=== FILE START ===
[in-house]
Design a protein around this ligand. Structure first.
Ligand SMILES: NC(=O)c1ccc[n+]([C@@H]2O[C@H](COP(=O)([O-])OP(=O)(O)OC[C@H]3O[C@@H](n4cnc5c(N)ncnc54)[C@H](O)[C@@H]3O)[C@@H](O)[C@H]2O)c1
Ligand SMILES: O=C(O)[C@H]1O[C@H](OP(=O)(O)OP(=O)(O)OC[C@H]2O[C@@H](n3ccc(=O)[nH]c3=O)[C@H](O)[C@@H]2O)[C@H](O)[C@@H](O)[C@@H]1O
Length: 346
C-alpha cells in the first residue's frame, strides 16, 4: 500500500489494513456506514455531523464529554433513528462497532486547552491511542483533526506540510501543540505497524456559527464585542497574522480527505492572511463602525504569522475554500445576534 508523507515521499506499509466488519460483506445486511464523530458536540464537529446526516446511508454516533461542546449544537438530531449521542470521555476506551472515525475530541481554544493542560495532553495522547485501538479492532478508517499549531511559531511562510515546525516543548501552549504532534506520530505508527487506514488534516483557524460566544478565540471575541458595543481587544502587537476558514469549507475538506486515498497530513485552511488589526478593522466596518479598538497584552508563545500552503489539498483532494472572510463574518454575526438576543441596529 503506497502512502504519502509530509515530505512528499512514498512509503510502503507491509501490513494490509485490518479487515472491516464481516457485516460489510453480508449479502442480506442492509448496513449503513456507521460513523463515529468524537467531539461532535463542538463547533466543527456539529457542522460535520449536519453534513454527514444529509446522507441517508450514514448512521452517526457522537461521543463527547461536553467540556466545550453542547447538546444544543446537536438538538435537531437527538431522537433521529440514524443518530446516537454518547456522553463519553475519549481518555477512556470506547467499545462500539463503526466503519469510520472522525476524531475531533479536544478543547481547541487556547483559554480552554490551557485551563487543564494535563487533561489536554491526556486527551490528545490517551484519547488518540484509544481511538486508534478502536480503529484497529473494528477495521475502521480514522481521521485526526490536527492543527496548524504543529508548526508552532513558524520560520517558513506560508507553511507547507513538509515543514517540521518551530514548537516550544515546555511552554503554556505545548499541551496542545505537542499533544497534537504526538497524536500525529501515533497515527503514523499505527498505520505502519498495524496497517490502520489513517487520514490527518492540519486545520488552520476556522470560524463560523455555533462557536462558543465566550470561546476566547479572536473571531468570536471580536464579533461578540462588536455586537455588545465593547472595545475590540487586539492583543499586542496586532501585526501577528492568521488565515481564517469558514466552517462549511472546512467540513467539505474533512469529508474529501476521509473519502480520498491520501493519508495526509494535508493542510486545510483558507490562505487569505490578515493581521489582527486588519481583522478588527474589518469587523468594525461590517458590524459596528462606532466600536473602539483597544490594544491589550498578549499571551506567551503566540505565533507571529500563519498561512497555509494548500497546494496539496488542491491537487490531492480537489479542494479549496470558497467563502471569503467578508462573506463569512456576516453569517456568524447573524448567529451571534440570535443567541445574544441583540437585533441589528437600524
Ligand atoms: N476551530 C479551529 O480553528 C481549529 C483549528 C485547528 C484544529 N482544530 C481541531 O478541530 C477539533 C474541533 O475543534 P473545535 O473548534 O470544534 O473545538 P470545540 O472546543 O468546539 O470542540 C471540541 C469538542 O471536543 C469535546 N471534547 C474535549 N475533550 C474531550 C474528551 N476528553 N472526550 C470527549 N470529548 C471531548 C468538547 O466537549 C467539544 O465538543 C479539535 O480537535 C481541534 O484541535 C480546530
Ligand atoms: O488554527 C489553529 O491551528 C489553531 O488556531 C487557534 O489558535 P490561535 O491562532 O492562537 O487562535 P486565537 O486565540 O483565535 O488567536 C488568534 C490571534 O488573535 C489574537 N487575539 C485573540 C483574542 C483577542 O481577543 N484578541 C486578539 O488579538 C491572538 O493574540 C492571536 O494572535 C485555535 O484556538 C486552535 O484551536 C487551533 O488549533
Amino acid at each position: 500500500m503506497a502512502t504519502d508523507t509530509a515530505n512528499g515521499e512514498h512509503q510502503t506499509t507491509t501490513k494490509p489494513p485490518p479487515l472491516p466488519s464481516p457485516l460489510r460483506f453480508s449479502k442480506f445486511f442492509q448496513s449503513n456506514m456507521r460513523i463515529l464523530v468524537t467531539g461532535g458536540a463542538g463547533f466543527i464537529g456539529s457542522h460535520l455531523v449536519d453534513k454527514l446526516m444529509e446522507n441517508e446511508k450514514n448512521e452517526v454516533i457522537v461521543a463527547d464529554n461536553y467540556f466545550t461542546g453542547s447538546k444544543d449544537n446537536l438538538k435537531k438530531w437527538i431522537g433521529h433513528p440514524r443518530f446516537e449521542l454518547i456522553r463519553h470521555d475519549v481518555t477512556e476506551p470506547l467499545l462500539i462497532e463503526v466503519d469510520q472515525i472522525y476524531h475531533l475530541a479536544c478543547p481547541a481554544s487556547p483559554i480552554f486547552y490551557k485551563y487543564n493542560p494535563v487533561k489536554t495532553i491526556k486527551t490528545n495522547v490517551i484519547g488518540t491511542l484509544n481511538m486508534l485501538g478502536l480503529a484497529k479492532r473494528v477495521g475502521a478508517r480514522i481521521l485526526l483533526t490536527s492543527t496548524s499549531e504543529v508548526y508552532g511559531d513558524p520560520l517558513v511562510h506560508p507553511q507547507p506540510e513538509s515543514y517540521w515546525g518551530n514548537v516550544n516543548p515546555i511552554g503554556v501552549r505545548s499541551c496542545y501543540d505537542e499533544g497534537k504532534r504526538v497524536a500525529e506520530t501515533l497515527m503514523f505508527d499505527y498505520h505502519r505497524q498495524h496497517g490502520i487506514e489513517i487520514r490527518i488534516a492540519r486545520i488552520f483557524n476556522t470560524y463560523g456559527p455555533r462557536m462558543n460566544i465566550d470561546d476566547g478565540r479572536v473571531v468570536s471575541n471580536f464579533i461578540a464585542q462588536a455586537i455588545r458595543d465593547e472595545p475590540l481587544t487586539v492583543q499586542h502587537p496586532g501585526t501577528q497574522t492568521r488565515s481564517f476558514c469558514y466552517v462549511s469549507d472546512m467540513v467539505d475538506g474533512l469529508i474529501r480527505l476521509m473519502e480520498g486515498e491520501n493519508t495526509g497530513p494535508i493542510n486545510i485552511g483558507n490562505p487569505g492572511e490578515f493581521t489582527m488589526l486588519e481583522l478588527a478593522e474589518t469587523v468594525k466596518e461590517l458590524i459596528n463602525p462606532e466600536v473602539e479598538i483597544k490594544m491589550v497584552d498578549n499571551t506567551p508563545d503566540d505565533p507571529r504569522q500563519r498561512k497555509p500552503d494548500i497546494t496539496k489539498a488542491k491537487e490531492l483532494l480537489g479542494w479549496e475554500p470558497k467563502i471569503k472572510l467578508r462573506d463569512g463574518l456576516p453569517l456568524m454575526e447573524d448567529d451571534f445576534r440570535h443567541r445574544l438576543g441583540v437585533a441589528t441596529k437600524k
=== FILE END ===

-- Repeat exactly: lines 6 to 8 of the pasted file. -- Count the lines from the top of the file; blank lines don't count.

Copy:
C-alpha cells in the first residue's frame, strides 16, 4: 500500500489494513456506514455531523464529554433513528462497532486547552491511542483533526506540510501543540505497524456559527464585542497574522480527505492572511463602525504569522475554500445576534 508523507515521499506499509466488519460483506445486511464523530458536540464537529446526516446511508454516533461542546449544537438530531449521542470521555476506551472515525475530541481554544493542560495532553495522547485501538479492532478508517499549531511559531511562510515546525516543548501552549504532534506520530505508527487506514488534516483557524460566544478565540471575541458595543481587544502587537476558514469549507475538506486515498497530513485552511488589526478593522466596518479598538497584552508563545500552503489539498483532494472572510463574518454575526438576543441596529 503506497502512502504519502509530509515530505512528499512514498512509503510502503507491509501490513494490509485490518479487515472491516464481516457485516460489510453480508449479502442480506442492509448496513449503513456507521460513523463515529468524537467531539461532535463542538463547533466543527456539529457542522460535520449536519453534513454527514444529509446522507441517508450514514448512521452517526457522537461521543463527547461536553467540556466545550453542547447538546444544543446537536438538538435537531437527538431522537433521529440514524443518530446516537454518547456522553463519553475519549481518555477512556470506547467499545462500539463503526466503519469510520472522525476524531475531533479536544478543547481547541487556547483559554480552554490551557485551563487543564494535563487533561489536554491526556486527551490528545490517551484519547488518540484509544481511538486508534478502536480503529484497529473494528477495521475502521480514522481521521485526526490536527492543527496548524504543529508548526508552532513558524520560520517558513506560508507553511507547507513538509515543514517540521518551530514548537516550544515546555511552554503554556505545548499541551496542545505537542499533544497534537504526538497524536500525529501515533497515527503514523499505527498505520505502519498495524496497517490502520489513517487520514490527518492540519486545520488552520476556522470560524463560523455555533462557536462558543465566550470561546476566547479572536473571531468570536471580536464579533461578540462588536455586537455588545465593547472595545475590540487586539492583543499586542496586532501585526501577528492568521488565515481564517469558514466552517462549511472546512467540513467539505474533512469529508474529501476521509473519502480520498491520501493519508495526509494535508493542510486545510483558507490562505487569505490578515493581521489582527486588519481583522478588527474589518469587523468594525461590517458590524459596528462606532466600536473602539483597544490594544491589550498578549499571551506567551503566540505565533507571529500563519498561512497555509494548500497546494496539496488542491491537487490531492480537489479542494479549496470558497467563502471569503467578508462573506463569512456576516453569517456568524447573524448567529451571534440570535443567541445574544441583540437585533441589528437600524
Ligand atoms: N476551530 C479551529 O480553528 C481549529 C483549528 C485547528 C484544529 N482544530 C481541531 O478541530 C477539533 C474541533 O475543534 P473545535 O473548534 O470544534 O473545538 P470545540 O472546543 O468546539 O470542540 C471540541 C469538542 O471536543 C469535546 N471534547 C474535549 N475533550 C474531550 C474528551 N476528553 N472526550 C470527549 N470529548 C471531548 C468538547 O466537549 C467539544 O465538543 C479539535 O480537535 C481541534 O484541535 C480546530
Ligand atoms: O488554527 C489553529 O491551528 C489553531 O488556531 C487557534 O489558535 P490561535 O491562532 O492562537 O487562535 P486565537 O486565540 O483565535 O488567536 C488568534 C490571534 O488573535 C489574537 N487575539 C485573540 C483574542 C483577542 O481577543 N484578541 C486578539 O488579538 C491572538 O493574540 C492571536 O494572535 C485555535 O484556538 C486552535 O484551536 C487551533 O488549533